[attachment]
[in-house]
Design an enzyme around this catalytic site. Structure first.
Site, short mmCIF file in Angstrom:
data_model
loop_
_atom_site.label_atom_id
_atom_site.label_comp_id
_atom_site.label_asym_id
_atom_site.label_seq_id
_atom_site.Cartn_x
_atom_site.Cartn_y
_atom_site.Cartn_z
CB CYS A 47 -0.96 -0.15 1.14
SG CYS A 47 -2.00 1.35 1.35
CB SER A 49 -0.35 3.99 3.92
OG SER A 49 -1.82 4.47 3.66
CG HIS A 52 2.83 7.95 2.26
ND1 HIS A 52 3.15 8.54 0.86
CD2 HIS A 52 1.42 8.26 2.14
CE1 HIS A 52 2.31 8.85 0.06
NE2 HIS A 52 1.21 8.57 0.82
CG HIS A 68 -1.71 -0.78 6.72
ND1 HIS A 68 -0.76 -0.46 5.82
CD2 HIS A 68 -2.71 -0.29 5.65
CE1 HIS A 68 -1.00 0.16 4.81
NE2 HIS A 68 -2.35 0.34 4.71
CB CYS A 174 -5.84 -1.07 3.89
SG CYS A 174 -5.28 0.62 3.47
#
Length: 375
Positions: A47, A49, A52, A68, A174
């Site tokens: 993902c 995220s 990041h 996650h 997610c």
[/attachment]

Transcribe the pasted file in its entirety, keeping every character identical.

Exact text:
[in-house]
Design an enzyme around this catalytic site. Structure first.
Site, short mmCIF file in Angstrom:
data_model
loop_
_atom_site.label_atom_id
_atom_site.label_comp_id
_atom_site.label_asym_id
_atom_site.label_seq_id
_atom_site.Cartn_x
_atom_site.Cartn_y
_atom_site.Cartn_z
CB CYS A 47 -0.96 -0.15 1.14
SG CYS A 47 -2.00 1.35 1.35
CB SER A 49 -0.35 3.99 3.92
OG SER A 49 -1.82 4.47 3.66
CG HIS A 52 2.83 7.95 2.26
ND1 HIS A 52 3.15 8.54 0.86
CD2 HIS A 52 1.42 8.26 2.14
CE1 HIS A 52 2.31 8.85 0.06
NE2 HIS A 52 1.21 8.57 0.82
CG HIS A 68 -1.71 -0.78 6.72
ND1 HIS A 68 -0.76 -0.46 5.82
CD2 HIS A 68 -2.71 -0.29 5.65
CE1 HIS A 68 -1.00 0.16 4.81
NE2 HIS A 68 -2.35 0.34 4.71
CB CYS A 174 -5.84 -1.07 3.89
SG CYS A 174 -5.28 0.62 3.47
#
Length: 375
Positions: A47, A49, A52, A68, A174
């Site tokens: 993902c 995220s 990041h 996650h 997610c």